ProvCast Episode 5: Protecting Middle East Minorities, Part 1
Here at Providence, we hope that our Foreign Policy ProvCast listeners had a wonderful and relaxing Christmas and Holiday Season. Now that we are at the beginning of a new presidential administration, we hope that our first episode of 2017 will offer a fresh perspective on issues in the Middle East.
Shortly before Christmas, Providence co-publisher Robert Nicholson came into the office to talk about issues concerning minorities in Middle Eastern countries. Previously, he has written for Providence about Palestinian Christians, Israel, the need for safe havens in northern Iraq to protect minorities there, and other topics concerning this tumultuous neighborhood. In our inaugural issue of the print edition, he detailed his vision for how this region can organize itself to better accommodate various ethnic and religious communities.
In this episode, Nicholson will speak about an article he wrote for The Philos Project that lays out five keys for how Donald Trump can reset US relations in the Middle East. Because we did not want to cut out too much from this conversation, we will split this talk into a two-part series. Next week we will release the second half.
Again, I’d like to give special thanks to Joseph Rossell for producing this episode.
Robert Nicholson is the executive director of The Philos Project, a nonprofit organization that seeks to promote positive Christian engagement in the Middle East. He holds a BA in Hebrew Studies from Binghamton University, and a JD and MA (Middle Eastern History) from Syracuse University. A formerly enlisted Marine and a 2012- 2013 Tikvah Fellow, Robert lives in New York City with his wife and two children.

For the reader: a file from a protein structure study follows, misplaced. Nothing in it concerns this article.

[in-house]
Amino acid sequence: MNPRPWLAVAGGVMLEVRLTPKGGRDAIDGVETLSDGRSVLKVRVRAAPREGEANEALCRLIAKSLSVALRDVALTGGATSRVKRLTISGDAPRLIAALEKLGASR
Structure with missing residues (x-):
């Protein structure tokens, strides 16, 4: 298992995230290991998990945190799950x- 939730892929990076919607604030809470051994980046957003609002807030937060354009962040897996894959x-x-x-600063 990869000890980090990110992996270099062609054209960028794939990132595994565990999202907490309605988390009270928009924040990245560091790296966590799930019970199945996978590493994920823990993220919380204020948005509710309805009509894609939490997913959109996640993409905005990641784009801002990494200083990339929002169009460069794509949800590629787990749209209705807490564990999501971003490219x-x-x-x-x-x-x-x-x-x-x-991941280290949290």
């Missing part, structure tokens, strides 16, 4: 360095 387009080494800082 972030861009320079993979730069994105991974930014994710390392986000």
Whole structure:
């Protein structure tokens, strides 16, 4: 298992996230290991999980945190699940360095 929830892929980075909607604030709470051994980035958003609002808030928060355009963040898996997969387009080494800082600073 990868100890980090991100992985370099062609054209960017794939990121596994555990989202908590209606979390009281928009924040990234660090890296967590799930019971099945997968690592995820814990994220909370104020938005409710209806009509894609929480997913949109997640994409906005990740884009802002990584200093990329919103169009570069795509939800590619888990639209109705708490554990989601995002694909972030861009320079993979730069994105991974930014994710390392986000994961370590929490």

Mark Melton is the Deputy Editor for Providence. He earned his Master’s degree in International Relations from the University of St. Andrews and focuses on Europe.
Photo Credit: At a refugee camp in the Şırnak province, south-eastern Turkey. Saeed was just 23 years-old and had been the sole breadwinner in his family. He was a Yazidi Kurd—a religious minority group. He was killed trying to return to his village in Iraq’s north-west region to help others who weren’t able to flee soon after it had come under attack by ISIS. Pictured in this photo, his widow, Khalil, is struggling to look after her three young children, the youngest just four months old, and shares one room with 16 members from her extended family in a bare, unheated building that once served as a military barracks. Photo by Caroline Gluck for European Commission DG ECHO, via Flickr.